A plaque remaining from the Big Apple Night Club at West 135th Street and Seventh Avenue in Harlem.

Above, a 1934 plaque from the Big Apple Night Club at West 135th Street and Seventh Avenue in Harlem. Discarded as trash in 2006. Now a Popeyes fast food restaurant on Google Maps.

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“Can anyone tell me what oblivious means? I have no idea” (7/21)
“Sundays were made for good coffee, good music, and being lazy with the people you love” (7/21)
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Entry from October 02, 2008
“Keep Denton Chido”

“Keep Denton Chido” (“chido” is Spanish for “cool”) is a 2008 entry in another city knockoff of the slogan “Keep Austin Weird.”
The seemingly endless imitation Texas city slogans include “Keep San Antonio Lame,” “Keep Dallas Pretentious,” “Keep Dallas Plastic,” “Keep Dallas Douche,” “Keep Houston Dirty,” “Keep Abilene Boring,” “Keep College Station Normal,” “Keep Georgetown Normal,” “Keep Round Rock Mildly Unusual,” “Keep Wimberley Weirder,” “Keep Lubbock Flat” and “Keep Waco Wacko.”
Wikipedia: Denton, Texas
Denton is the county seat of Denton County, Texas in the United States. According to the 2000 census, the city’s population was 80,537, making it the eleventh largest city in the Dallas/Fort Worth Metroplex. The July 2007 United States Census Bureau estimate, however, gave Denton’s population as 115,506, and named the city as the nation’s tenth fastest-growing city among those with over 100,000 people.
Denton is home to two state universities, the University of North Texas, the largest university in North Texas and the third largest in Texas, and Texas Woman’s University, the largest state-supported university for women in the United States.
Both the city and county were named after John B. Denton, a pioneer, preacher, lawyer and Texas Militia Captain. Residents of Denton are known as “Dentonites” and the city has been known as the “Redbud Capital of Texas” since 1993. In 2006, Money magazine named Denton no. 58 out of the “Top 100 Best Places to Live in America.”
North Texas Daily
Wednesday, October 1, 2008
UNT students vying to “Keep Denton Chido”
By Addley Fannin of North Texas Daily
DENTON — What started out as a casual idea between two NT seniors turned into a citywide campaign in support of small businesses.
The “Keep Denton Chido” slogan, which can be seen on T-shirts and stickers throughout Denton, was created by interdisciplinary studies senior Mickey Moreno and geography senior David Sisuentes in an effort to promote the independent groups they feel make Denton special.
“Denton is a cool little town,” Sisuentes said. “We need to keep people aware of how the whole space that Denton was known for is gone. It’s to keep awareness and not let small businesses die, keep the ‘mom-and-pop’ shops around.”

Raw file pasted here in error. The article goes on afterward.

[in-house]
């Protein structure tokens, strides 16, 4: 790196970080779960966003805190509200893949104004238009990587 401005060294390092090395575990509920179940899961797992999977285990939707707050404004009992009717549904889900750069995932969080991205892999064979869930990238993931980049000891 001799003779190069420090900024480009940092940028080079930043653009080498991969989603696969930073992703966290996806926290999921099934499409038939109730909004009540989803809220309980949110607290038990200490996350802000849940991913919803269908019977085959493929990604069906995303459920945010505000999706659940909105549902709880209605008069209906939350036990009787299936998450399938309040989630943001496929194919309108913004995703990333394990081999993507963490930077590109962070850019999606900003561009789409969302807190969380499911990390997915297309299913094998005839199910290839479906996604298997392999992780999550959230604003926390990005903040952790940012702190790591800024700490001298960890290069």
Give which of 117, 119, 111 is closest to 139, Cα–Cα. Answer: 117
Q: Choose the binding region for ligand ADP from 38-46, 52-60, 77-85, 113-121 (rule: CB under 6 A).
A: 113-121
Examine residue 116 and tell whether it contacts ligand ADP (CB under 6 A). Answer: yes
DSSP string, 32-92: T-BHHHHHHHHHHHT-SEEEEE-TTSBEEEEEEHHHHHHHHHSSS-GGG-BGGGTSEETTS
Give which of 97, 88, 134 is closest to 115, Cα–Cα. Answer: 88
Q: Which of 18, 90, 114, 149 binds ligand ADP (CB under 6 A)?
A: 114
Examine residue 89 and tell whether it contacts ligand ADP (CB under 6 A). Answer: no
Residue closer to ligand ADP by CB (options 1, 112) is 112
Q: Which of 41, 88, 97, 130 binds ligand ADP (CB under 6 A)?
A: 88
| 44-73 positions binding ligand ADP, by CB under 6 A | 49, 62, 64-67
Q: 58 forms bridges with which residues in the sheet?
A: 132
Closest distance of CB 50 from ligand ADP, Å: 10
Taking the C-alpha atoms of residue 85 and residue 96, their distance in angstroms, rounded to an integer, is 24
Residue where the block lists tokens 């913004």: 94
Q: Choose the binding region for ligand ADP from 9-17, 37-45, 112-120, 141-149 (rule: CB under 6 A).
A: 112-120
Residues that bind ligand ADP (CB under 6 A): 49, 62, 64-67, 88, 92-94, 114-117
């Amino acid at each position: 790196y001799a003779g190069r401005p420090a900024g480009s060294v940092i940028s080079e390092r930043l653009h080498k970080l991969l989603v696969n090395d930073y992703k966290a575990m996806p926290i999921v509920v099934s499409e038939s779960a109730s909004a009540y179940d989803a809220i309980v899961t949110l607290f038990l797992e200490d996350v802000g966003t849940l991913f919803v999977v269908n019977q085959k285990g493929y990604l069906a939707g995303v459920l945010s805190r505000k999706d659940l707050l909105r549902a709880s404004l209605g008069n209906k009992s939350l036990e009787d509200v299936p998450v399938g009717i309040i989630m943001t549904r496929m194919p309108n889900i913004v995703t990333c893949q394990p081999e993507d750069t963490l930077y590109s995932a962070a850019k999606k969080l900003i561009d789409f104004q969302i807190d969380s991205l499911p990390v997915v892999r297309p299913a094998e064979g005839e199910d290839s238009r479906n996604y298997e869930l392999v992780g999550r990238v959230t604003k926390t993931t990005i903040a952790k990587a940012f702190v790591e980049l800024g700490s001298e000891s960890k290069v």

The campaign started while Moreno and Sisuentes were both attending summer classes and living in their Sigma Lambda Beta fraternity house.
Though both are natives of Fort Worth, Moreno had been coming to Denton with family for half a decade and told Sisuentes about what the city was like before the historic Fry Street area was torn down in June 2007.
“I remember what Fry Street used to be like really well,” Moreno said. “I told David about what happened, and he was like, ‘Man, someone should do something about that.’”
After some discussion, the pair created a slogan inspired by the “Keep Austin Weird” campaign, which promotes a similar pro-small business stance in the state capital.
The word “chido,” a Spanish slang term that means “cool” in a very broad sense, was chosen because the term can be used to describe many things that are unusual.
“It’s a real versatile word,” Sisuentes said. “You can use it for basically anything, but its main purpose is cool or unique. It’s just a unique word that really describes a certain state of mind.”

Moreno and Sisuentes had the message printed on an order of T-shirts, which they then began selling to friends and associates.
“We started with 20 T-shirts, and we ended up selling them within a week just our friends,” Moreno said. “So we made 20 more, and they were gone in two days. Next thing we knew, people we didn’t know were wearing them because people were buying them and handing them out.”
The message quickly spread in ways the creators did not expect.
“When people started wanting stickers as much as the shirts, they started making them themselves and sticking them up,” Moreno said. “It was a form of graffiti, and I didn’t really support it because of that, but it was really cool to see my stickers around.”

Posted by Barry Popik
Texas (Lone Star State Dictionary) • Thursday, October 02, 2008 • Permalink

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